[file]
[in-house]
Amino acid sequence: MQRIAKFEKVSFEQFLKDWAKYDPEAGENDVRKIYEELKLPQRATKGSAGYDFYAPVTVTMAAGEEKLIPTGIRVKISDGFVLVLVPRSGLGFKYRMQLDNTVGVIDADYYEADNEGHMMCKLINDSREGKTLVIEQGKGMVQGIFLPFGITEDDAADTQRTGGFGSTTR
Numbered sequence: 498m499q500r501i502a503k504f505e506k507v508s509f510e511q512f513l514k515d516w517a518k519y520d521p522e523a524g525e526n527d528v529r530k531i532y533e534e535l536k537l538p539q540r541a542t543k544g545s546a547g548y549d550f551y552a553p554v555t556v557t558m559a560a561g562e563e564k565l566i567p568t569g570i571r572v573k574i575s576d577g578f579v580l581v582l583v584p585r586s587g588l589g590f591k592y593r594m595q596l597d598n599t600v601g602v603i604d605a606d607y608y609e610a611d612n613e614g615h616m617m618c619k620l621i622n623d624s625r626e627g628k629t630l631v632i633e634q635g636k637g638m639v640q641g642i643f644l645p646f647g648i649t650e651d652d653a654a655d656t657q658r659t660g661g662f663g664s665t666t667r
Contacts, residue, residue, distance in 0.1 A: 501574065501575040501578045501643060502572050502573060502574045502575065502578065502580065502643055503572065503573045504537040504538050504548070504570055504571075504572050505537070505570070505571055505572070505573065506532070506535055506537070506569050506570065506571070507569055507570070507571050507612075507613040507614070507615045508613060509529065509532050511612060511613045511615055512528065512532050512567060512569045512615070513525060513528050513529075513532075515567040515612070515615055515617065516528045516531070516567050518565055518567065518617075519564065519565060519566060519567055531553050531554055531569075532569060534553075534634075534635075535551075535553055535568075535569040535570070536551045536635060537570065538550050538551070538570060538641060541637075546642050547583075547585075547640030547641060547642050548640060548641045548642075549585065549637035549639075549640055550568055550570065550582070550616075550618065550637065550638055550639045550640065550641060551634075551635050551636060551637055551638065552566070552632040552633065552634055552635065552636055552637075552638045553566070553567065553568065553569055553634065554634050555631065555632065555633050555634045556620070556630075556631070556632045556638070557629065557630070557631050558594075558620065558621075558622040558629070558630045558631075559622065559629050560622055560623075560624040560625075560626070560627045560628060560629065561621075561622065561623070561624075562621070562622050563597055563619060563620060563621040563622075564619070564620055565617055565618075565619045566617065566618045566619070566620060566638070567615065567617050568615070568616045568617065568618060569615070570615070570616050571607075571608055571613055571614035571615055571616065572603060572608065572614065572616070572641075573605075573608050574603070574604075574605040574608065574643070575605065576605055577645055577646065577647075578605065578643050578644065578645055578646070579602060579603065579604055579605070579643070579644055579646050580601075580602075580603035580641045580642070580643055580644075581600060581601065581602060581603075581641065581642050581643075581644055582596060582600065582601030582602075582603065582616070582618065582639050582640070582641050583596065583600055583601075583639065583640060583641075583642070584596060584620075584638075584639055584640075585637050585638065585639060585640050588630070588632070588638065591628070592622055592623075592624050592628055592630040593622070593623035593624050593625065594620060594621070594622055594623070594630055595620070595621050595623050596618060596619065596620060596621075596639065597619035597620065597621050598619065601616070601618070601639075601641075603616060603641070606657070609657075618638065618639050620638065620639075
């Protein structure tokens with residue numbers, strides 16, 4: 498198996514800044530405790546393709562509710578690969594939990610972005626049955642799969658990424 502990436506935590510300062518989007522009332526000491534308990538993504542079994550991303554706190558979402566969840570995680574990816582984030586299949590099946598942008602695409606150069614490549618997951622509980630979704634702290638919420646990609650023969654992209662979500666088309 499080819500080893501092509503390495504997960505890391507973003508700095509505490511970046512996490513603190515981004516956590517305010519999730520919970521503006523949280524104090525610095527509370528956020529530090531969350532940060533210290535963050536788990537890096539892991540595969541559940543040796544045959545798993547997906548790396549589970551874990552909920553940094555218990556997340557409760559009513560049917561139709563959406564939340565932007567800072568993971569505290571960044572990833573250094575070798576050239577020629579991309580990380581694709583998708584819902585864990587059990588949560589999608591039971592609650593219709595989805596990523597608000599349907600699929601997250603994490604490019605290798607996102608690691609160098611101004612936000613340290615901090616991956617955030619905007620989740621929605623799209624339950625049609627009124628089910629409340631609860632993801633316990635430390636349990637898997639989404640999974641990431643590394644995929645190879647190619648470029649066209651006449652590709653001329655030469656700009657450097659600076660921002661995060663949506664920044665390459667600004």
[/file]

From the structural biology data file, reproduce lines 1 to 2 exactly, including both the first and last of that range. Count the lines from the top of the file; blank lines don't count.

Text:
[in-house]
Amino acid sequence: MQRIAKFEKVSFEQFLKDWAKYDPEAGENDVRKIYEELKLPQRATKGSAGYDFYAPVTVTMAAGEEKLIPTGIRVKISDGFVLVLVPRSGLGFKYRMQLDNTVGVIDADYYEADNEGHMMCKLINDSREGKTLVIEQGKGMVQGIFLPFGITEDDAADTQRTGGFGSTTR